French Space Agency Donates 90,000 Face Masks to Hospitals
Hospitals in Toulouse, France, received 90,000 face masks from the French space agency CNES this week in an effort to help limit the spread of the coronavirus pandemic, according to the agency’s president. In an interview March 24, Jean-Yves Le Gall said CNES had a stockpile of face masks because of a French policy initiative roughly a decade ago directing government agencies to keep masks on hand in the event of a global pandemic. Many of the masks are beyond their designated three-to-five-years.
Satellite Stocks See Sharp Decline
A 35-50% decline in stock prices among several major satellite operators is likely indicative of deeper concerns than the coronavirus, according to Northern Sky Research. Smaller business backlogs, shorter capacity contracts and limited product differentiation are other factors that likely spooked investors, the research firm said. NSR estimates that negative impacts from the COVID-19 pandemic, which have battered stocks in and outside of the satellite industry, will continue for at least two to three financial quarters
Farnborough Air Show Canceled
Other coronavirus updates: The Farnborough International Airshow 2020 has been canceled. Event organizers said Friday it reached the decision to cancel the event, scheduled for July 20-24, because of “the unprecedented impact” of the pandemic that “make it impossible for us to create and host the Airshow this July.”
In a recent test, NASA’s James Webb Space Telescope fully deployed its primary mirror into the same configuration it will have when in space. As Webb progresses towards liftoff in 2021
For the third time in less than five months, a prototype of SpaceX’s Starship next-generation launch vehicle was destroyed in a test at the company’s South Texas facilities April 3, although this failure may an issue with the test itself.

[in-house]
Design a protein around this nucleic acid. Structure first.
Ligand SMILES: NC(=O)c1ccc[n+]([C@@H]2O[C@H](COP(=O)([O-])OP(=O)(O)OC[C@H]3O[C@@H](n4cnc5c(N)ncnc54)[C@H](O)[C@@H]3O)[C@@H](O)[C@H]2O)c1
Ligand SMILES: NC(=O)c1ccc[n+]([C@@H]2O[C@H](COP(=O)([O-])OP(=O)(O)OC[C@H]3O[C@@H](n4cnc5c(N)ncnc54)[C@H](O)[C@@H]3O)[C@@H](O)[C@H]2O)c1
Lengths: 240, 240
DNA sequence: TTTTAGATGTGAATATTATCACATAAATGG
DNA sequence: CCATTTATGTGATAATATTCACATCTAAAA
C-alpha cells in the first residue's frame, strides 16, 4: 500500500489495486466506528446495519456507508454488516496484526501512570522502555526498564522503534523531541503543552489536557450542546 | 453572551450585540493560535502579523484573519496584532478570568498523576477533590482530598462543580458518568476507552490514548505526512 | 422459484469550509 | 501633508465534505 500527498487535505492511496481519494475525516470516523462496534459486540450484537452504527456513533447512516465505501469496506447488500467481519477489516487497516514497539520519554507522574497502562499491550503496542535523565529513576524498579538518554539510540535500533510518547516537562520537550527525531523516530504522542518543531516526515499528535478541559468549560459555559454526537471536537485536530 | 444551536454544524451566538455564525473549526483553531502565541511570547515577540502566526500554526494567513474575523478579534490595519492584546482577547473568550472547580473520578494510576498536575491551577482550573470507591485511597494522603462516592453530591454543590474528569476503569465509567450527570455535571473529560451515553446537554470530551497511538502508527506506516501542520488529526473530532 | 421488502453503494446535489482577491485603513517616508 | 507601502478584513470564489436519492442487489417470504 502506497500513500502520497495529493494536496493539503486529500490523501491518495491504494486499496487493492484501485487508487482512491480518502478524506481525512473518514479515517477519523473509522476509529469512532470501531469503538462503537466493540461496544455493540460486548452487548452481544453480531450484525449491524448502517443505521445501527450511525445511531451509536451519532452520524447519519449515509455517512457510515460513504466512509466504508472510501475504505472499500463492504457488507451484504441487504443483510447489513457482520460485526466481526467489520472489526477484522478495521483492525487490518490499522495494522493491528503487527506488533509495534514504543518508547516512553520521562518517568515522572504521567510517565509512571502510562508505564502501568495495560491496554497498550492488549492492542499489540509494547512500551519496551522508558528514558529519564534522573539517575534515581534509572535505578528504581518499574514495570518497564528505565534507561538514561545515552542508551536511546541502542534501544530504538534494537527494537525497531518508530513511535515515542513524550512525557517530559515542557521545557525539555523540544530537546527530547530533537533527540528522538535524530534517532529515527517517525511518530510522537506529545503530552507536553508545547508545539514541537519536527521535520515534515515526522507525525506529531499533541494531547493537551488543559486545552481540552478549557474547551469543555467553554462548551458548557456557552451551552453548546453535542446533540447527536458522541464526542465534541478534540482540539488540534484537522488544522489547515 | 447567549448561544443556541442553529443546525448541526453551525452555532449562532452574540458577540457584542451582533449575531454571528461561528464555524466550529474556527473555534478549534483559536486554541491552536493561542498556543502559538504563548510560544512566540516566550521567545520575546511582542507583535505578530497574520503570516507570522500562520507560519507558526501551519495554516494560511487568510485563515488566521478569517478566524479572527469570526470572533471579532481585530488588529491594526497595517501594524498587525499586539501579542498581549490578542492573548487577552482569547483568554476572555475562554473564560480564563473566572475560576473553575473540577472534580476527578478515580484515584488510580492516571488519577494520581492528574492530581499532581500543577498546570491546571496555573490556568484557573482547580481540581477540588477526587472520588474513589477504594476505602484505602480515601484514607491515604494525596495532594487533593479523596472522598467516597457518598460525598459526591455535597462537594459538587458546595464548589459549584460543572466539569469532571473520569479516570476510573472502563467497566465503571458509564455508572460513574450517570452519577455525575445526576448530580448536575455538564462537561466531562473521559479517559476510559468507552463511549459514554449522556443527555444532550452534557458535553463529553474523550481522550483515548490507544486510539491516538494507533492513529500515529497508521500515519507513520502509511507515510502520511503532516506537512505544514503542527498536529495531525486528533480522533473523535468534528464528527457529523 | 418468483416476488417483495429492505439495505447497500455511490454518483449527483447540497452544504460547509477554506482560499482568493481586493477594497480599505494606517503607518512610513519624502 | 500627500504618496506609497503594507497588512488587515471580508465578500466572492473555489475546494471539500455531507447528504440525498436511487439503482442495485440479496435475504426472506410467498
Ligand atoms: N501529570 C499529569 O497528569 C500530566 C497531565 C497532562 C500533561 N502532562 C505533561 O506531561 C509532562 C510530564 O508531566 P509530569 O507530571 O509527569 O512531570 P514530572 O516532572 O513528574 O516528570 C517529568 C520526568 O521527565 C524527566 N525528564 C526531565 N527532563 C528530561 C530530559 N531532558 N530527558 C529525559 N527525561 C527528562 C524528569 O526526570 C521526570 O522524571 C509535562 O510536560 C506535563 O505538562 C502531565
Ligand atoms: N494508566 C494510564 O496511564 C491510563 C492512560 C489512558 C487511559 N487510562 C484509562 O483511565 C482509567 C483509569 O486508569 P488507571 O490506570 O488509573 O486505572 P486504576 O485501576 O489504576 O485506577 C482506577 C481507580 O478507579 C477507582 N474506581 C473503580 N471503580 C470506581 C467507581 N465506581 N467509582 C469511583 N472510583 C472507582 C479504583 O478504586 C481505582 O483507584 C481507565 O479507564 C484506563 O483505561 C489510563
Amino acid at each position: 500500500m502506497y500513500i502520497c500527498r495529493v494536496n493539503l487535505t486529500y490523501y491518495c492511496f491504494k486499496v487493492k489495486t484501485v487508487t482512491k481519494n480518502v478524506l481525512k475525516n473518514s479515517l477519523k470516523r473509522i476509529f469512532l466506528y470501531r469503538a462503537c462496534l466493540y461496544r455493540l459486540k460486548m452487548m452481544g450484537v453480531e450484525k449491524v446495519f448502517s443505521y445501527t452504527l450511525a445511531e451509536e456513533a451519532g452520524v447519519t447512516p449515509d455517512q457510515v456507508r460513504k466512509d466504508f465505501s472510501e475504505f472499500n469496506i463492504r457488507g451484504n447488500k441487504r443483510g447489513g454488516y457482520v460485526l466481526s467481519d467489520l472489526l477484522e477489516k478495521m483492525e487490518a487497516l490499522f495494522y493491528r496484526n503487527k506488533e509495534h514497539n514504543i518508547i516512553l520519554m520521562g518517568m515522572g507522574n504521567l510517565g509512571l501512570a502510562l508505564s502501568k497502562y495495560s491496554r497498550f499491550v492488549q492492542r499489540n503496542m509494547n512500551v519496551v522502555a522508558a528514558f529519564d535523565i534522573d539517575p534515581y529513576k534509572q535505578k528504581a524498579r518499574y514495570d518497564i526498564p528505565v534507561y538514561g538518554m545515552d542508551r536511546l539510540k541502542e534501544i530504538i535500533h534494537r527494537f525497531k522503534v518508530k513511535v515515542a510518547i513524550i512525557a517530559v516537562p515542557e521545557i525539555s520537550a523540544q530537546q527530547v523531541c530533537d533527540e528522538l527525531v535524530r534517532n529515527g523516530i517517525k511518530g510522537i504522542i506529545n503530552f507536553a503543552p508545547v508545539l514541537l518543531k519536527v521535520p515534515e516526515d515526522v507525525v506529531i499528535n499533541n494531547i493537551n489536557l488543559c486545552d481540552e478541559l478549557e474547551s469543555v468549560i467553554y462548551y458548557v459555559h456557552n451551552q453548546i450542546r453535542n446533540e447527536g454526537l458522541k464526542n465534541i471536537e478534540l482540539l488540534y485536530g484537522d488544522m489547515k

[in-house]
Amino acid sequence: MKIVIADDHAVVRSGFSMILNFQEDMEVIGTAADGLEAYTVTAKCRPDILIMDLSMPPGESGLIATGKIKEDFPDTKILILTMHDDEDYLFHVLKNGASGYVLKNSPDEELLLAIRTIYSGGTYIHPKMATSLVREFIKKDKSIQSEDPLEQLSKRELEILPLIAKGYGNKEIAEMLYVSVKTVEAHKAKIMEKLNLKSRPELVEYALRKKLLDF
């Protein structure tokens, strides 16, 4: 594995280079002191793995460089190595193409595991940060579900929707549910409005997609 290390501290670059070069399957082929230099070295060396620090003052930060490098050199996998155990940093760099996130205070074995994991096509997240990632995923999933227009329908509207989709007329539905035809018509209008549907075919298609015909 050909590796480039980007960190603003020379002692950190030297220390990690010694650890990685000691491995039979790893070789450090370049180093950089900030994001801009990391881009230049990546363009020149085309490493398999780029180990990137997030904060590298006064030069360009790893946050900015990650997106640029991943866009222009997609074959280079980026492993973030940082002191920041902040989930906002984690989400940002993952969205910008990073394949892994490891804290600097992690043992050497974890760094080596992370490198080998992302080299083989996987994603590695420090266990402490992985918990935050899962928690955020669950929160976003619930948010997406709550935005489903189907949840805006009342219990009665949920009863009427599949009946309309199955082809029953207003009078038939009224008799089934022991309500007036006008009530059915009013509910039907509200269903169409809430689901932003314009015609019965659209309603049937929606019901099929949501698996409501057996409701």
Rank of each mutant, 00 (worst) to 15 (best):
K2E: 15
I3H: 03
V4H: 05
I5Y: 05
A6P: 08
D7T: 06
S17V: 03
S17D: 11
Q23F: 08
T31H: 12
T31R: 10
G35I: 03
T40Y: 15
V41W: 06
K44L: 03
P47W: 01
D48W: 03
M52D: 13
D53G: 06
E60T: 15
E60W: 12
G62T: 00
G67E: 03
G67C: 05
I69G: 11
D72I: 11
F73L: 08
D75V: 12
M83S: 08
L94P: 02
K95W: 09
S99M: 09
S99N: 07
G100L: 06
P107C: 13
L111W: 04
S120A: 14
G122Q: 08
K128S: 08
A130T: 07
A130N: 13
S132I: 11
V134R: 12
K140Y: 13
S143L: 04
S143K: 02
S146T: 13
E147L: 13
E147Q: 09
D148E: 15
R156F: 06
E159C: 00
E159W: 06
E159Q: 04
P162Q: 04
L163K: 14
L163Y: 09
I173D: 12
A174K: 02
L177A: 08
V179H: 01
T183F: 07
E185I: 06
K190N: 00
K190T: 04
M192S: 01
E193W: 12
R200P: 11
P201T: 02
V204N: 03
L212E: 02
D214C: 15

NASA has completed the crew for the first operational SpaceX commercial crew mission to the International Space Station, one that will not include any Russian cosmonauts after Roscosmos officials said they would not fly on what they consider an unproven vehicle.
Virgin Orbit announced April 2 it has identified an airport in Japan as a potential site for launch operations, joining airports in the United States and Great Britain as hosts for the air-launch company.
Stratolaunch, the company founded by the late billionaire Paul Allen as an air-launch company, announced March 30 it is developing a reusable hypersonic vehicle designed to be launched from the company’s giant aircraft.
The U.S. Space and Missile Systems Center awarded satellite component supplier Space Micro a $3 million contract for a laser communications terminal designed to transmit data at a rate of 100 gigabits per second.
Momentus, a Silicon Valley in-space transportation startup, announced a launch service agreement April 1 with Odysseus Space, a satellite applications startup based in Taiwan.
NASA announced March 30 it will fund the development of a cluster of six cubesats that will fly in formation above geostationary orbit to study solar storms.
Space Safey News
Venezuela confirmed its first and only government-operated communications satellite, VeneSat-1, suffered a mission-ending failure that its Chinese builder blamed on a solar array problem.
A startup that seeks to create refueling facilities in orbit for satellites has received a government grant to develop one essential technology for that system.